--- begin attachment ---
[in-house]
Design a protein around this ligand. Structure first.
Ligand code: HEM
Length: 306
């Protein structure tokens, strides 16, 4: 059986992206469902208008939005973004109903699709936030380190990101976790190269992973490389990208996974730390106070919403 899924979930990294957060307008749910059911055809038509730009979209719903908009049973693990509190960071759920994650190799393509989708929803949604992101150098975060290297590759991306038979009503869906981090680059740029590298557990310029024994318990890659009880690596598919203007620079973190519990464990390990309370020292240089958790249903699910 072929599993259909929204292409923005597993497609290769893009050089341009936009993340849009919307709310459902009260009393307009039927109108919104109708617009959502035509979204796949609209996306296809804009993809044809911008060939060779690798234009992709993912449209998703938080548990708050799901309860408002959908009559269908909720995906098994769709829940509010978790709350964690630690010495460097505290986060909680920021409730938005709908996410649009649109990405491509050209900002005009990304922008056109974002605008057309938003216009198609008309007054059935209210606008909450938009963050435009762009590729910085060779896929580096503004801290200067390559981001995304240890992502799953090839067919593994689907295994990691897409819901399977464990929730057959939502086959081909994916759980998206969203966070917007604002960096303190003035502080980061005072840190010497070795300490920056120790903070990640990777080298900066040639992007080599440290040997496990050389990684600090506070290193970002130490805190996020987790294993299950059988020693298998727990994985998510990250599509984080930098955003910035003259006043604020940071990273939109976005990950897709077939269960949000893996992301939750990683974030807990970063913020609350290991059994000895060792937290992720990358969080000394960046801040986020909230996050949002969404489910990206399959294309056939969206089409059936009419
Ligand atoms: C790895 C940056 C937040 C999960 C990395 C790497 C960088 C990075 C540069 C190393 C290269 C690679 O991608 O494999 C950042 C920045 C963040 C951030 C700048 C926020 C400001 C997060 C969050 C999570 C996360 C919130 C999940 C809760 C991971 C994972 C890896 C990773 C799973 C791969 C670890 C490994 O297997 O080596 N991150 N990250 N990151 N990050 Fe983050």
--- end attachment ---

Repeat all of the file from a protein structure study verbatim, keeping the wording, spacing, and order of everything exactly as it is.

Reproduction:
[in-house]
Design a protein around this ligand. Structure first.
Ligand code: HEM
Length: 306
């Protein structure tokens, strides 16, 4: 059986992206469902208008939005973004109903699709936030380190990101976790190269992973490389990208996974730390106070919403 899924979930990294957060307008749910059911055809038509730009979209719903908009049973693990509190960071759920994650190799393509989708929803949604992101150098975060290297590759991306038979009503869906981090680059740029590298557990310029024994318990890659009880690596598919203007620079973190519990464990390990309370020292240089958790249903699910 072929599993259909929204292409923005597993497609290769893009050089341009936009993340849009919307709310459902009260009393307009039927109108919104109708617009959502035509979204796949609209996306296809804009993809044809911008060939060779690798234009992709993912449209998703938080548990708050799901309860408002959908009559269908909720995906098994769709829940509010978790709350964690630690010495460097505290986060909680920021409730938005709908996410649009649109990405491509050209900002005009990304922008056109974002605008057309938003216009198609008309007054059935209210606008909450938009963050435009762009590729910085060779896929580096503004801290200067390559981001995304240890992502799953090839067919593994689907295994990691897409819901399977464990929730057959939502086959081909994916759980998206969203966070917007604002960096303190003035502080980061005072840190010497070795300490920056120790903070990640990777080298900066040639992007080599440290040997496990050389990684600090506070290193970002130490805190996020987790294993299950059988020693298998727990994985998510990250599509984080930098955003910035003259006043604020940071990273939109976005990950897709077939269960949000893996992301939750990683974030807990970063913020609350290991059994000895060792937290992720990358969080000394960046801040986020909230996050949002969404489910990206399959294309056939969206089409059936009419
Ligand atoms: C790895 C940056 C937040 C999960 C990395 C790497 C960088 C990075 C540069 C190393 C290269 C690679 O991608 O494999 C950042 C920045 C963040 C951030 C700048 C926020 C400001 C997060 C969050 C999570 C996360 C919130 C999940 C809760 C991971 C994972 C890896 C990773 C799973 C791969 C670890 C490994 O297997 O080596 N991150 N990250 N990151 N990050 Fe983050």